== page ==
Observations regarding the rate of sedimentation of the erythrocytes are sufficiently ancient to lend dignity and interest to the problem offered by the variation of this rate in rheumatic infection in children. Galen1 recorded that in certain conditions, particularly in severe infections, blood rapidly settled out, leaving a clear yellow serum. Several other clinicians made similar comments during the period when "blood letting" was popular. These observations were not crystallized into a test of value until 1897, when Bienacki2 proposed a method of measuring the speed with which red cells were separated from the plasma. There have been numerous modifications of his method, and the names of Fahraeus, Westergren and Linzenmeier are familiar in the literature on the subject. The basis of all the tests suggested is the time required for the erythrocytes to settle out of their suspension in the plasma. Fahraeus explained the change in the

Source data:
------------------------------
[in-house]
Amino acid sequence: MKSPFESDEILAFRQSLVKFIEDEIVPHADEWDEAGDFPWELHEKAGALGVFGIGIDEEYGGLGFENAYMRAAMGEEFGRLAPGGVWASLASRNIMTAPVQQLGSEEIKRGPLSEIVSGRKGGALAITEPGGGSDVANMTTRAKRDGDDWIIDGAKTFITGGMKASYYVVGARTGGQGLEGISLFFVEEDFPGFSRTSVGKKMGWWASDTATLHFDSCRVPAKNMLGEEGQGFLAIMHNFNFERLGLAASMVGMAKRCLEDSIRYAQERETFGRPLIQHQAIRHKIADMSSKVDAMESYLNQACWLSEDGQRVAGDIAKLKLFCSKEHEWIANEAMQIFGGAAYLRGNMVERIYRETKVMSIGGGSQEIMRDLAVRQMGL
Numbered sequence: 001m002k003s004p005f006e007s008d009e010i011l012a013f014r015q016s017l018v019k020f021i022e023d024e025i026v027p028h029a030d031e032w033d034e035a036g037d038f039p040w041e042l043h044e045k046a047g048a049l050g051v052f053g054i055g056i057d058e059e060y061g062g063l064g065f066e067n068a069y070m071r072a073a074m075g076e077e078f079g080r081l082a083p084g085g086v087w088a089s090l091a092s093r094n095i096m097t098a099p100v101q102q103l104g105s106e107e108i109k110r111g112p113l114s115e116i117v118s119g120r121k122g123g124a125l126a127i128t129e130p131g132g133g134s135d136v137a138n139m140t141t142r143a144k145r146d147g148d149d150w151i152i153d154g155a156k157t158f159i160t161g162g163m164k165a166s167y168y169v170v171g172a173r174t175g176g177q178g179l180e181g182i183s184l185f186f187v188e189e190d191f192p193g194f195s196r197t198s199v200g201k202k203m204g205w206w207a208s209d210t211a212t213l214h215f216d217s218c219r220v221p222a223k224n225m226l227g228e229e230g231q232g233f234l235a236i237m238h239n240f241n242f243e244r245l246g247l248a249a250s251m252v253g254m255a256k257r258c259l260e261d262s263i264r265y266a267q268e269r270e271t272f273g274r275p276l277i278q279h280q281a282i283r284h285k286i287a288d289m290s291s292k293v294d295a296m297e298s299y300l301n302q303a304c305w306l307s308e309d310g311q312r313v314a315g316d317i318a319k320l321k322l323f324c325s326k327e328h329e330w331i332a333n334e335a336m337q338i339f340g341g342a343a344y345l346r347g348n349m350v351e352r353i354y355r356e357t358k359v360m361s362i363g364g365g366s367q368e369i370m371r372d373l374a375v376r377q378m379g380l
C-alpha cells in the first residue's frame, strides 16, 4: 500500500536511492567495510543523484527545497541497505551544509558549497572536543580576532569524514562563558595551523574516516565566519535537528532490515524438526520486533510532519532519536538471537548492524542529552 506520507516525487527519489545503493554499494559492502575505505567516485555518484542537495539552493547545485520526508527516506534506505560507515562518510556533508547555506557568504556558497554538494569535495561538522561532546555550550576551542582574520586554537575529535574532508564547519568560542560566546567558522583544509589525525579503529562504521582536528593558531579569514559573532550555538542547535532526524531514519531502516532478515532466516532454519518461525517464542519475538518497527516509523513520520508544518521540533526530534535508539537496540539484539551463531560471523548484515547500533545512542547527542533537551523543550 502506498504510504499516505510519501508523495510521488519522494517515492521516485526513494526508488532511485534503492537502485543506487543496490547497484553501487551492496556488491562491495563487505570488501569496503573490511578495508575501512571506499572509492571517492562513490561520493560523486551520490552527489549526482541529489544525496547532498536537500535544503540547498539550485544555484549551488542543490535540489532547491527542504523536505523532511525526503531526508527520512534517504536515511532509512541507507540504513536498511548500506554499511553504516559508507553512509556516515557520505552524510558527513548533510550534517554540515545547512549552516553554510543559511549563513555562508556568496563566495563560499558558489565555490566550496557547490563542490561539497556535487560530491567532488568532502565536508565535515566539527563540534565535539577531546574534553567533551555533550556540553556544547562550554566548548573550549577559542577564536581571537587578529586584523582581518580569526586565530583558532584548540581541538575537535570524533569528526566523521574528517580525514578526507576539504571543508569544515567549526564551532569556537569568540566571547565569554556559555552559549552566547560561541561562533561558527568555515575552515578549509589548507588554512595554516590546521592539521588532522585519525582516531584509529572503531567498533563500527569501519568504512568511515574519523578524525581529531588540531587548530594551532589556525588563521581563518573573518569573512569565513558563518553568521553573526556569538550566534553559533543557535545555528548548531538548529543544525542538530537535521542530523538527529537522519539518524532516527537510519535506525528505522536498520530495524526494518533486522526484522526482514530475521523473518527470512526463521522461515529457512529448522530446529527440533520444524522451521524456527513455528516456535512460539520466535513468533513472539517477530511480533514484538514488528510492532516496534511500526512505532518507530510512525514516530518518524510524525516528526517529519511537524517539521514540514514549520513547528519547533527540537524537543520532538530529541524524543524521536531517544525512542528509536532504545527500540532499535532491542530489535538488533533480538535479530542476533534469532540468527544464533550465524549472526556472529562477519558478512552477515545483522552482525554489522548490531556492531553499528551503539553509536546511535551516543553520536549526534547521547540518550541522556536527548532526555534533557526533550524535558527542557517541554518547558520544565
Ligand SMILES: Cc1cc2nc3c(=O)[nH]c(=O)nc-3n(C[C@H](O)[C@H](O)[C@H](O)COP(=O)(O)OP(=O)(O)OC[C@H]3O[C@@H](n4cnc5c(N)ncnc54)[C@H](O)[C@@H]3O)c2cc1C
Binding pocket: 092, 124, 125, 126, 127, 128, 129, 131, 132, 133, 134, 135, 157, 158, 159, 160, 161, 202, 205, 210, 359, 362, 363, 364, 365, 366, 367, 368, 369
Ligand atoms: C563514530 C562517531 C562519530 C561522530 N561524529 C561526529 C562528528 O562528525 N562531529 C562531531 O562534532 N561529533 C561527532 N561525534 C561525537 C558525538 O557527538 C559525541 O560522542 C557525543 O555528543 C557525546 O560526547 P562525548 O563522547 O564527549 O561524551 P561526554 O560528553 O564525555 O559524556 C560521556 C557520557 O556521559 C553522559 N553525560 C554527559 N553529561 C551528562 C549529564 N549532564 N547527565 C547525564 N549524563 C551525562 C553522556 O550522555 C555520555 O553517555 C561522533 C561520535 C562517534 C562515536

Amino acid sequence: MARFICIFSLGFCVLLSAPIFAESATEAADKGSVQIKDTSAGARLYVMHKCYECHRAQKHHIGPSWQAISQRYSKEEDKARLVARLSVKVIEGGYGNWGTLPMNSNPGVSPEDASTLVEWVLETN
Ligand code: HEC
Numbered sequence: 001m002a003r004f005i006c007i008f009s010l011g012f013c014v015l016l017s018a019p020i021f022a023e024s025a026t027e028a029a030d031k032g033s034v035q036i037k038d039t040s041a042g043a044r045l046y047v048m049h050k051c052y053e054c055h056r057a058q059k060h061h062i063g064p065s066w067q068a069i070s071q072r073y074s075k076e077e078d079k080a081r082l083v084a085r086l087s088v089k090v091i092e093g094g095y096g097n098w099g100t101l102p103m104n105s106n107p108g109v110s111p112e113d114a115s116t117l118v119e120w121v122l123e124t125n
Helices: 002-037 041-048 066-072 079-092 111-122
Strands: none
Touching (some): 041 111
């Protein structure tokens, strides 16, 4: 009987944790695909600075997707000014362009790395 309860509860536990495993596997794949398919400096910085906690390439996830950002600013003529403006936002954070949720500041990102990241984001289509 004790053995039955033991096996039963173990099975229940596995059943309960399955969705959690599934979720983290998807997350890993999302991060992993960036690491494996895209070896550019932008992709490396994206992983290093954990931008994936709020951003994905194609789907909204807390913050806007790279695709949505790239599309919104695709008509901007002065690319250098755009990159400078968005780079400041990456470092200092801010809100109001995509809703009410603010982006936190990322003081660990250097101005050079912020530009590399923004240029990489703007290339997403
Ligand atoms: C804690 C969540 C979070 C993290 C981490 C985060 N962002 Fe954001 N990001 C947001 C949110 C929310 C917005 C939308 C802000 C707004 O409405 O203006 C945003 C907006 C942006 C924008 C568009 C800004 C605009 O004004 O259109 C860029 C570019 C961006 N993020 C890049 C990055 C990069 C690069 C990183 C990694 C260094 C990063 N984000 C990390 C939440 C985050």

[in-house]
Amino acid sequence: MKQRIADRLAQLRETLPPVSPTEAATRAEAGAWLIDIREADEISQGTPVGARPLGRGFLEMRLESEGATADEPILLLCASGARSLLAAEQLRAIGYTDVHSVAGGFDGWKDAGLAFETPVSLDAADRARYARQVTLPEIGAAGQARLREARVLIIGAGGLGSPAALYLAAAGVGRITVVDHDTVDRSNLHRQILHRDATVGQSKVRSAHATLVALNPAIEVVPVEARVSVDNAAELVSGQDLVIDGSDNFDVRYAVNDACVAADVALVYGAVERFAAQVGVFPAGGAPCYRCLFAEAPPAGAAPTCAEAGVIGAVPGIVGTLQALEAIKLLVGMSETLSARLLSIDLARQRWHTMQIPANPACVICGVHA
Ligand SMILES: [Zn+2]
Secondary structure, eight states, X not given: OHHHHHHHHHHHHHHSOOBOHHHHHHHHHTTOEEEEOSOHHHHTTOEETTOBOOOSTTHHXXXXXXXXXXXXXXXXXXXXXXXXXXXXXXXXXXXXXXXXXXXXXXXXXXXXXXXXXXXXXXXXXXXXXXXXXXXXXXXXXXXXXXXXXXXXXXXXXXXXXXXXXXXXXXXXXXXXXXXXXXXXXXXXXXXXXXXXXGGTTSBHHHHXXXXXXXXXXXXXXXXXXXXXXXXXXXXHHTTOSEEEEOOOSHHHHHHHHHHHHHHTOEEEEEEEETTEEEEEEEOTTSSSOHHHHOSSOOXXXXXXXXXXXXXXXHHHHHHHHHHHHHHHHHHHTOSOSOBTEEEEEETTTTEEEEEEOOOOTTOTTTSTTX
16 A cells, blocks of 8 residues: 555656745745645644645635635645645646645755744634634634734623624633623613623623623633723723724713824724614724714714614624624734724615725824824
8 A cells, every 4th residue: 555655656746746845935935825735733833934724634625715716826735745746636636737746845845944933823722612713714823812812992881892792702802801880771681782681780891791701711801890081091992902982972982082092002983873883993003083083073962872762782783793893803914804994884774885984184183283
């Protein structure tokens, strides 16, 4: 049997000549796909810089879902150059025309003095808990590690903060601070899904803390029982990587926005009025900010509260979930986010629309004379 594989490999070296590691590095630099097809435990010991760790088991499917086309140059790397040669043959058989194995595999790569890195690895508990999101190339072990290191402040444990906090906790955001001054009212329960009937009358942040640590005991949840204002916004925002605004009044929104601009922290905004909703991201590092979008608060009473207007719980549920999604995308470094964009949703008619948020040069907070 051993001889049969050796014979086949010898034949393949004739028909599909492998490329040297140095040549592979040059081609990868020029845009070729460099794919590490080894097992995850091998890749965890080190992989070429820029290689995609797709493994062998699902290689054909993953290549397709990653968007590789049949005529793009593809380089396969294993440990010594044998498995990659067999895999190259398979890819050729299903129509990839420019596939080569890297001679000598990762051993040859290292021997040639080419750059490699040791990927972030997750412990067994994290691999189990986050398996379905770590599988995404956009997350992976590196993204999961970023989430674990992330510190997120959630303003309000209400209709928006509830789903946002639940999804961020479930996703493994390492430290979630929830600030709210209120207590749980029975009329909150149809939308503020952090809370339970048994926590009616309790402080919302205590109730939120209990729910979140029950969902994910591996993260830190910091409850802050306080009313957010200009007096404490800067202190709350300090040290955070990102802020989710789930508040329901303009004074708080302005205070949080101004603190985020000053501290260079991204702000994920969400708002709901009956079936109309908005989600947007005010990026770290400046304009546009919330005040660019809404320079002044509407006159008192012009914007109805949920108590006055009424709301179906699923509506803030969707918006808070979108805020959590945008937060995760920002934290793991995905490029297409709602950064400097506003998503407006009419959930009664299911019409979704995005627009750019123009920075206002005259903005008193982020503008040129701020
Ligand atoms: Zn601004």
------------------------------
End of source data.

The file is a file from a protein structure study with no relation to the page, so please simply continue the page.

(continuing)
CLIFTON WM. THE RATE OF SEDIMENTATION OF THE ERYTHROCYTES IN RHEUMATIC INFECTION IN CHILDREN. Am J Dis Child. 1936;52(5):1093–1099. doi:10.1001/archpedi.1936.04140050049005
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